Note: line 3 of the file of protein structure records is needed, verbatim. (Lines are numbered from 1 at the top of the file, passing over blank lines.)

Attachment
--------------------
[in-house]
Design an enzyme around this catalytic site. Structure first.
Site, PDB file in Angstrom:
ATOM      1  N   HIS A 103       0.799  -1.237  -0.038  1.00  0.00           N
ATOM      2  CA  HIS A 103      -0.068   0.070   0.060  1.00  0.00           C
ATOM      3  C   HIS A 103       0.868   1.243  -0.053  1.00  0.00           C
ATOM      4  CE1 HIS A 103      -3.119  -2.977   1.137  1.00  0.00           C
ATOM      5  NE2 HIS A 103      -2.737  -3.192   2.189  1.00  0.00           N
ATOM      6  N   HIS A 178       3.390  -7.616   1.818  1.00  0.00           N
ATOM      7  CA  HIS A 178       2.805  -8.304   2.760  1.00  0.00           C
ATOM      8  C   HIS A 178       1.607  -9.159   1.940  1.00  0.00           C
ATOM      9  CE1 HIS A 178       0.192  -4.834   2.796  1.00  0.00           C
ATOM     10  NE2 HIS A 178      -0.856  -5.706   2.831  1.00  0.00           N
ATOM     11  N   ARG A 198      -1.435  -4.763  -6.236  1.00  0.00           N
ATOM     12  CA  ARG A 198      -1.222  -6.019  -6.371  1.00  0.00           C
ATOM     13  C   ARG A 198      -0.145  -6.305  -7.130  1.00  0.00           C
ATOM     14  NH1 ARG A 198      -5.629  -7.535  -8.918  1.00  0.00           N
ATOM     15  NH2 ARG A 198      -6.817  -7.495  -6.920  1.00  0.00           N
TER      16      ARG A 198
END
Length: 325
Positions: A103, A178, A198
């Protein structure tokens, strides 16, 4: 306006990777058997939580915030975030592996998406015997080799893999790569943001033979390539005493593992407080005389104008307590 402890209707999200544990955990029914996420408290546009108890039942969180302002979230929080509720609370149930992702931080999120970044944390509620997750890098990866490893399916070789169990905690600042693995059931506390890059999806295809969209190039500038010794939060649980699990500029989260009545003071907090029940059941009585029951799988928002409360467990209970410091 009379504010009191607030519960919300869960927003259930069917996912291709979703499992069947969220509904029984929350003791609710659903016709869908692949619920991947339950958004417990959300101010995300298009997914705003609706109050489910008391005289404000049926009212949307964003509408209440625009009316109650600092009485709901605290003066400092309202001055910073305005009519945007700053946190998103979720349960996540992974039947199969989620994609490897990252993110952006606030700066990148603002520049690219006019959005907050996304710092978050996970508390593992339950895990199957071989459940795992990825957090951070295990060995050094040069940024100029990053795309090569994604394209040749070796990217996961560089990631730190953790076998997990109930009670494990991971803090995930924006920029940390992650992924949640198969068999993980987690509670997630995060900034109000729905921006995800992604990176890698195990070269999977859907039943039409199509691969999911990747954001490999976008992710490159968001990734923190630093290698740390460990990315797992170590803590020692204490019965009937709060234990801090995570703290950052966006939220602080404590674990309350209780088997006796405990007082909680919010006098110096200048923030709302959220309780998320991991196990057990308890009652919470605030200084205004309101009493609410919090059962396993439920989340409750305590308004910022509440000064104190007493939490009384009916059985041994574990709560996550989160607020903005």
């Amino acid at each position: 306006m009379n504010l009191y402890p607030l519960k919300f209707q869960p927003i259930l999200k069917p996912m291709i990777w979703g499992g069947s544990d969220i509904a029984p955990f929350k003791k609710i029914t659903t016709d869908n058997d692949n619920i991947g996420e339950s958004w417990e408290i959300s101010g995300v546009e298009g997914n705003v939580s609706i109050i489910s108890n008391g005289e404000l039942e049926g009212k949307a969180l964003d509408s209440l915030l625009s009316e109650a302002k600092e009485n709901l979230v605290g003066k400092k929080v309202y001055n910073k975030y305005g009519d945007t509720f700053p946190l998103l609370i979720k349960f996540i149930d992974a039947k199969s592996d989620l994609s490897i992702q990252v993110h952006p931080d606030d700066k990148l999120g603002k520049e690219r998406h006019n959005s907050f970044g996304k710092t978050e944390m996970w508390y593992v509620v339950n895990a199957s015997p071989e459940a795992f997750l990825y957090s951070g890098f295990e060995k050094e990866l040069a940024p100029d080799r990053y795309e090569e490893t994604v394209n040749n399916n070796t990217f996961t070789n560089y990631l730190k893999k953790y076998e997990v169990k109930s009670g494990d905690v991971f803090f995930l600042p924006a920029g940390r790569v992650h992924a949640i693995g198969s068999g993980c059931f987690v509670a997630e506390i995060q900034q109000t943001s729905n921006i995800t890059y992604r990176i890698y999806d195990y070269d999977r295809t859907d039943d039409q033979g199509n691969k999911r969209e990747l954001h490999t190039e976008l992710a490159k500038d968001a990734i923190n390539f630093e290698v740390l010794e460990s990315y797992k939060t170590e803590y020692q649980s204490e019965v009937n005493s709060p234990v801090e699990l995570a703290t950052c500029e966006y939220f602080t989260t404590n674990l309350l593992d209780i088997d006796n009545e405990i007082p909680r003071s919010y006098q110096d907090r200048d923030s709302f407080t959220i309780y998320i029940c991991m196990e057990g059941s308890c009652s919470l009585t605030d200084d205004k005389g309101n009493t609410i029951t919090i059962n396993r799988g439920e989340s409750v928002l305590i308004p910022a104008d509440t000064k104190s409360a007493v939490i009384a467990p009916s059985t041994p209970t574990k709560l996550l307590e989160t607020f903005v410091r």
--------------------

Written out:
Site, PDB file in Angstrom: